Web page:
#InTheseTweets | Eighteenth Edition

Donney Rose
Jun 10, 2020 - 11:50

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In These Tweets is a weekly cultural dive into trending topics on Twitter. A collection of snapshot analyses on a variety of moments impacting our world. Sometimes serious, sometimes light, always substantive. We outchea, #InTheseTweets.

Journalist and lawyer, Josie Duffy Rice, spoke a candid truth in a recent tweet about how America has reached a point of chaos with regards to its system of policing. What we are witnessing in the fallout from the world’s uprisings against this period of police violence on unarmed Black citizens and the subsequent continuation of brutality as a response to said uprisings, is the result of a history of unaccountability. (White) America has deeply bought into the hero’s myth of the institution of American policing, largely because the villainism of American policing has not impacted them in ways it has impacted communities of color.

But now, in a moment of painfully transparent awareness, the veil is being lifted off the eyes of millions around the world. We are in a moment where the devastating enabling of police violence has broken the dam of outrage, leaving everyone to pointedly have to decide between being complicit/uncaring/championing the abuse or educating oneself about/railing forcefully against systems of violent policing.

This current history is making it real easy to know who is who.

Screenwriter Eric Haywood humorously and appropriately tweeted about the recent performative photo op of some prominent white Congressmembers. I have had that same energy for this “display of solidarity” ever since this photo ran across my social media.

And then I learned that members of the Congressional Black Caucus were the people who supplied Chuck, Nancy and the “Sounds of not-Blackness” with their Kente cloths, and I was both disappointed and absolutely not surprised. Those white Congressmembers rocked that cloth like graduation stoles as if they just got honorary degrees in wokeness, and the problem is any measure of action and/or legislation could have been done without them posing like they were trying to be the diversity stock images on an HBCU brochure.

In short, Black people, we have a moment to really hold whiteness accountable for the systematic damage caused by its social construct, so we can really hold off on the “cookout invitations” and just let white folks get to work undoing white supremacy. These are the nation’s leaders. They have the ability to generate policy to reverse out outcomes. They do not need Ghanaian garb to do so. Trust me.

In a recent poll published by NPR, and in a partisan surprise to no one, 59% of registered Republicans have deemed the protests sparked by the death of George Floyd as “unlawful”, while 87% of Democrat voters and 65% of independents consider the protests “legitimate.” And of course, these numbers make absolute sense.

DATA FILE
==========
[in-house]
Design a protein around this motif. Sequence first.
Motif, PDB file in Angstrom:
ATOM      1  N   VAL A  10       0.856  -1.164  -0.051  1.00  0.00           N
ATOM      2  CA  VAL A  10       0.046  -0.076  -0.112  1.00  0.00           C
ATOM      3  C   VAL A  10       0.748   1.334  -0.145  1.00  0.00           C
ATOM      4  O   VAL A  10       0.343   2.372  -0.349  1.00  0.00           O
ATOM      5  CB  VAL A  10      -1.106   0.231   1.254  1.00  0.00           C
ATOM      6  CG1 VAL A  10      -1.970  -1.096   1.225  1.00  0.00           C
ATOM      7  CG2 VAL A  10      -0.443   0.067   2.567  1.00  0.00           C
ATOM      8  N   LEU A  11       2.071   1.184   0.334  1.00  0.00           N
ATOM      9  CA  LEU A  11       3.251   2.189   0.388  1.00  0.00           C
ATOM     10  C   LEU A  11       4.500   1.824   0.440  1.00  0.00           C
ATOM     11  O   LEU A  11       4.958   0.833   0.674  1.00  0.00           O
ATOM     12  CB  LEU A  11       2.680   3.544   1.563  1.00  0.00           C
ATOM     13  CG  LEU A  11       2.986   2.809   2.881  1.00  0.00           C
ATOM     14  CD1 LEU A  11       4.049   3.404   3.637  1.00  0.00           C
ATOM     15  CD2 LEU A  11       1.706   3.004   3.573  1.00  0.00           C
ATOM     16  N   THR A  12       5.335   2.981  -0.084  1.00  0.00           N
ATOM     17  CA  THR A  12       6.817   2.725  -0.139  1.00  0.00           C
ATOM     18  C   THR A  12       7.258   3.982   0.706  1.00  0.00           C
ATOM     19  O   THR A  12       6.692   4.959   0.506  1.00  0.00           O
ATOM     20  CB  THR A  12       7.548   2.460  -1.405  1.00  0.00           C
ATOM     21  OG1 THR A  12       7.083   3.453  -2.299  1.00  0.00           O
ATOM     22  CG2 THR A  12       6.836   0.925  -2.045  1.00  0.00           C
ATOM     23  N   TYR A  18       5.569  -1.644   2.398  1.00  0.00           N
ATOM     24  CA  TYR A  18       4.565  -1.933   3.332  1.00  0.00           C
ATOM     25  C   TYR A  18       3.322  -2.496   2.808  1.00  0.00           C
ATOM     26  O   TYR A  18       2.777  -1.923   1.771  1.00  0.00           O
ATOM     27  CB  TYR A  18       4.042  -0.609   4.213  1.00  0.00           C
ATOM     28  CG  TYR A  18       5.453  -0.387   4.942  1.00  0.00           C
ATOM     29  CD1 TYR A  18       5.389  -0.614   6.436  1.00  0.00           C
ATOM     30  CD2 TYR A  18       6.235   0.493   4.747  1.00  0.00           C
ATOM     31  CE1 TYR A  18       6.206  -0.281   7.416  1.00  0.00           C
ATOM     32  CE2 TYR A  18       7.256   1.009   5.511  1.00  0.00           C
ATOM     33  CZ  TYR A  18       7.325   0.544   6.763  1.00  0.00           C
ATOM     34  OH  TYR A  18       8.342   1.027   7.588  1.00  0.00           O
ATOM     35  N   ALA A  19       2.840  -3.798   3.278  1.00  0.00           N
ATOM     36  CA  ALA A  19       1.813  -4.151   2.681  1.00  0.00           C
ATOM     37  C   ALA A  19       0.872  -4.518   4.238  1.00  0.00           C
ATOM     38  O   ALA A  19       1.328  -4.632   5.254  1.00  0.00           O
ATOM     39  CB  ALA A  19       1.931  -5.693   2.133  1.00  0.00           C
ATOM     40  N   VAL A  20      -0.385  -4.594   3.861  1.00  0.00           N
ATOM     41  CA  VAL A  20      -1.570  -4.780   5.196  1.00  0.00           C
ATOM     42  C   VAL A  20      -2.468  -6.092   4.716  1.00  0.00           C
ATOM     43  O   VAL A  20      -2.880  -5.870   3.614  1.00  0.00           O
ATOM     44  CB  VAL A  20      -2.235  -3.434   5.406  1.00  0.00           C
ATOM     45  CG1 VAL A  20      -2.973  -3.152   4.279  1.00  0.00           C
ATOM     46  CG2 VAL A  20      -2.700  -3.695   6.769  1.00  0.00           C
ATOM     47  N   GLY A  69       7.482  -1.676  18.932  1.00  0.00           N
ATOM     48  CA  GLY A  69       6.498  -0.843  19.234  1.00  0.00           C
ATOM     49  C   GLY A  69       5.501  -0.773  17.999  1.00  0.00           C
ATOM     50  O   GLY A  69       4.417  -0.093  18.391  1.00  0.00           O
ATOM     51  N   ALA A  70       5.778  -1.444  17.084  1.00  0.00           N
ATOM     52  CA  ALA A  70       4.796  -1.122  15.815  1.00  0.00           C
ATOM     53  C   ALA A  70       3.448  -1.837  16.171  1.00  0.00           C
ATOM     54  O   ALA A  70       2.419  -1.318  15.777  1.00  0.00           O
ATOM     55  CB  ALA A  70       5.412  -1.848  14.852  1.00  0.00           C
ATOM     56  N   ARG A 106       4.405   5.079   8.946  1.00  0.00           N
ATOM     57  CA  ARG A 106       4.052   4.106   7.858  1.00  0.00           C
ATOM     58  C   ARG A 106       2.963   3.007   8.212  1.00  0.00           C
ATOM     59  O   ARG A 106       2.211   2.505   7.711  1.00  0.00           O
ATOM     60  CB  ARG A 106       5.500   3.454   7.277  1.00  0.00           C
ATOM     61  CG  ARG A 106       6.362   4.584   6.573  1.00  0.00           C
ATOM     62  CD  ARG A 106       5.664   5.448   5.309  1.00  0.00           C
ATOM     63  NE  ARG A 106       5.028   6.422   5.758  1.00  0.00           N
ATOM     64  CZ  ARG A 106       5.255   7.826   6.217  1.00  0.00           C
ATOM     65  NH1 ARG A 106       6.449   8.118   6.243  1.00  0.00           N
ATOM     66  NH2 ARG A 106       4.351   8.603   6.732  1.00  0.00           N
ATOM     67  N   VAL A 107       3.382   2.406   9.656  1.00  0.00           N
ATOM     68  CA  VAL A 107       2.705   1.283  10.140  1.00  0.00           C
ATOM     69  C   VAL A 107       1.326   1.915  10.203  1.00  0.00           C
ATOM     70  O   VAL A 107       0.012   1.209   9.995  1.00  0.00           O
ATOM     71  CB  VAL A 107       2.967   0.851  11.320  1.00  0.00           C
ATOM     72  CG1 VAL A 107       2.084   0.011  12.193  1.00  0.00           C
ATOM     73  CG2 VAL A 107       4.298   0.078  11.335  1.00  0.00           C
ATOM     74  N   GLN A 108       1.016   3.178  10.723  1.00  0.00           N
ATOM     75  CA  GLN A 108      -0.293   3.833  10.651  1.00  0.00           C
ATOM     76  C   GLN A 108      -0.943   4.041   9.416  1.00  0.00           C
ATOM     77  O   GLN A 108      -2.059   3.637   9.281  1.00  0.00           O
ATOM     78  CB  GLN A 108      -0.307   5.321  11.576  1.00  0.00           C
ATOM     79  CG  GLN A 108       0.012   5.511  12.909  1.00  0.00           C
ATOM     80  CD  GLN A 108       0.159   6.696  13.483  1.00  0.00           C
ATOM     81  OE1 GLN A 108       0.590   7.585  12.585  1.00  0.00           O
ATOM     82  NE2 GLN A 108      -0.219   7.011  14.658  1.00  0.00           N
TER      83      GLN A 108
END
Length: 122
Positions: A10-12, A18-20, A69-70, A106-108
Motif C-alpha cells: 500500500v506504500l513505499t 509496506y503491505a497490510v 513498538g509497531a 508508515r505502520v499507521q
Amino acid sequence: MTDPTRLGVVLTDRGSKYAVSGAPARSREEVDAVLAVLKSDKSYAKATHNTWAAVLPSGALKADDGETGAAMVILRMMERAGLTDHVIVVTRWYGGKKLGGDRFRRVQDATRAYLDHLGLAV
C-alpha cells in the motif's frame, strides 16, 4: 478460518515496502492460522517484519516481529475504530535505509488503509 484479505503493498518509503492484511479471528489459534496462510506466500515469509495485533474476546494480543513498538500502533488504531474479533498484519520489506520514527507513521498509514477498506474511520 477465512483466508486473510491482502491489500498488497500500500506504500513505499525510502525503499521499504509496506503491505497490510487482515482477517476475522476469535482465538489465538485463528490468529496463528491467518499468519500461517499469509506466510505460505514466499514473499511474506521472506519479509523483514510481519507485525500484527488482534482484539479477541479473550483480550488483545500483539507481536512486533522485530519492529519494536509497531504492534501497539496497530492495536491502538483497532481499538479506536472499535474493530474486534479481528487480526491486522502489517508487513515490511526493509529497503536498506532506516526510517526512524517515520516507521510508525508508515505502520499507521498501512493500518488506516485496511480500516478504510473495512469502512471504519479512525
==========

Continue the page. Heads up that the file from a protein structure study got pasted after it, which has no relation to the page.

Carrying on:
A vast majority of Republican voters regularly parrot the talking points of Donald Trump and outlets such as Fox News. The mouthpieces of their party have consistently demonized this period of civil unrest since the first chant was yelled, and if they (the followers) are not actively looking to counterbalance where they are getting their information from, inevitably it will impact their personal beliefs about what the protests are about.

I am more concerned about what it means for Democrats and independents to largely consider the protests legitimate and how they might respond to these times in a real transformative way. It is cool to recognize the civil liberties of your fellow citizens as legit, but what will you do to fight on behalf of marginalized populations to reverse these kinds of incidents? We are honestly well beyond the point of softball advocacy in this country and have to rotate in the direction of radical disruption to see some substantive changes.

Shout out to the folks who are doing the work of challenging the power dynamic in ways like never before. You will allow George Floyd’s six-year-old daughter Gianna’s words to be true when she said her father’s death “changed the world.”

South Carolina resident Johniqua Charles, who became internet famous after a video of her being detained went viral on account of her taunting the security officer who apprehended her, is now experiencing a new lease on life according to a recent Buzzfeed article. 

Charles, who was battling a drug addiction months before her viral moment, has received unexpected fame from the clip of her song and dance warning the officer about losing his job for unlawfully apprehending her, according to the article. The video has been remixed by several DJs and Charles is “overwhelmed” that the video is “something so positive.”

Expose a questionable arrest attempt and become a viral sensation in the process? Yes Ms. Charles, you are winning! 

If there is anyone who embodies the phrase “Mother of the Movement,” its Sybrina Fulton, mother of the late Trayvon Martin. For the past eight years since her son’s murder ignited the Black Lives Matter Movement, Ms. Fulton has been advocating for parents of Black children who have been killed at the hands of racist vigilantes and police. She is now taking her community advocacy a step forward in announcing her qualification to run for the Miami Dade County Commissioner in District 1. Much like Lucy McBath, the mother of Jordan Davis who mobilized the tragedy of her son’s racially motivated murder into a seat in Congress, Fulton is looking to turn a new chapter in her fight for communal change.

Best wishes in your political endeavors, Mama Sybrina. Trayvon would be proud.

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